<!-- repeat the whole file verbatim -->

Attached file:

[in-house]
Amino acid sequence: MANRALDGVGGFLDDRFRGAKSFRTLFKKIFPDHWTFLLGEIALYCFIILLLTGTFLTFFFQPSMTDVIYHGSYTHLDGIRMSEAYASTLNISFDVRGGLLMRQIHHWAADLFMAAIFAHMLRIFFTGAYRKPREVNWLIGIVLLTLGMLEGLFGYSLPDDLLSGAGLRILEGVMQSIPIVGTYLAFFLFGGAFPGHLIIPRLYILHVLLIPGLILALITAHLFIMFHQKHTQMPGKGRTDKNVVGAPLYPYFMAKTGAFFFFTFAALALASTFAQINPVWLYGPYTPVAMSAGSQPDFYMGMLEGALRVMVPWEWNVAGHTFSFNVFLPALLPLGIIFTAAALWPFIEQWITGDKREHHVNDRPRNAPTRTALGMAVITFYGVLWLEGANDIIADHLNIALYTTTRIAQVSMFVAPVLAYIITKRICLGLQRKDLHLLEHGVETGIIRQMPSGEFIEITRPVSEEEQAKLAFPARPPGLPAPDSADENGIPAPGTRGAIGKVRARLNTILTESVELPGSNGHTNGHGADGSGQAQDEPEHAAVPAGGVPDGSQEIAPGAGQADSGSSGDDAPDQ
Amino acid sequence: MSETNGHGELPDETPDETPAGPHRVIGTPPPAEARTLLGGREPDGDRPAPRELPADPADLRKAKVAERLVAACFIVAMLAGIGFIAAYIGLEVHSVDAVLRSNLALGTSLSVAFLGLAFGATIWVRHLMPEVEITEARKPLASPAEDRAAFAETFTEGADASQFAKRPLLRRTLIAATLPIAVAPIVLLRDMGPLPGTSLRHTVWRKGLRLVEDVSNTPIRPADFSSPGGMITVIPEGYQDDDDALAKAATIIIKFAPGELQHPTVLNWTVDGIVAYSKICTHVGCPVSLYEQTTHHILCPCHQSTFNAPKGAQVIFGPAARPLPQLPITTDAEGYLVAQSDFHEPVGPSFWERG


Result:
[in-house]
Amino acid sequence: MANRALDGVGGFLDDRFRGAKSFRTLFKKIFPDHWTFLLGEIALYCFIILLLTGTFLTFFFQPSMTDVIYHGSYTHLDGIRMSEAYASTLNISFDVRGGLLMRQIHHWAADLFMAAIFAHMLRIFFTGAYRKPREVNWLIGIVLLTLGMLEGLFGYSLPDDLLSGAGLRILEGVMQSIPIVGTYLAFFLFGGAFPGHLIIPRLYILHVLLIPGLILALITAHLFIMFHQKHTQMPGKGRTDKNVVGAPLYPYFMAKTGAFFFFTFAALALASTFAQINPVWLYGPYTPVAMSAGSQPDFYMGMLEGALRVMVPWEWNVAGHTFSFNVFLPALLPLGIIFTAAALWPFIEQWITGDKREHHVNDRPRNAPTRTALGMAVITFYGVLWLEGANDIIADHLNIALYTTTRIAQVSMFVAPVLAYIITKRICLGLQRKDLHLLEHGVETGIIRQMPSGEFIEITRPVSEEEQAKLAFPARPPGLPAPDSADENGIPAPGTRGAIGKVRARLNTILTESVELPGSNGHTNGHGADGSGQAQDEPEHAAVPAGGVPDGSQEIAPGAGQADSGSSGDDAPDQ
Amino acid sequence: MSETNGHGELPDETPDETPAGPHRVIGTPPPAEARTLLGGREPDGDRPAPRELPADPADLRKAKVAERLVAACFIVAMLAGIGFIAAYIGLEVHSVDAVLRSNLALGTSLSVAFLGLAFGATIWVRHLMPEVEITEARKPLASPAEDRAAFAETFTEGADASQFAKRPLLRRTLIAATLPIAVAPIVLLRDMGPLPGTSLRHTVWRKGLRLVEDVSNTPIRPADFSSPGGMITVIPEGYQDDDDALAKAATIIIKFAPGELQHPTVLNWTVDGIVAYSKICTHVGCPVSLYEQTTHHILCPCHQSTFNAPKGAQVIFGPAARPLPQLPITTDAEGYLVAQSDFHEPVGPSFWERG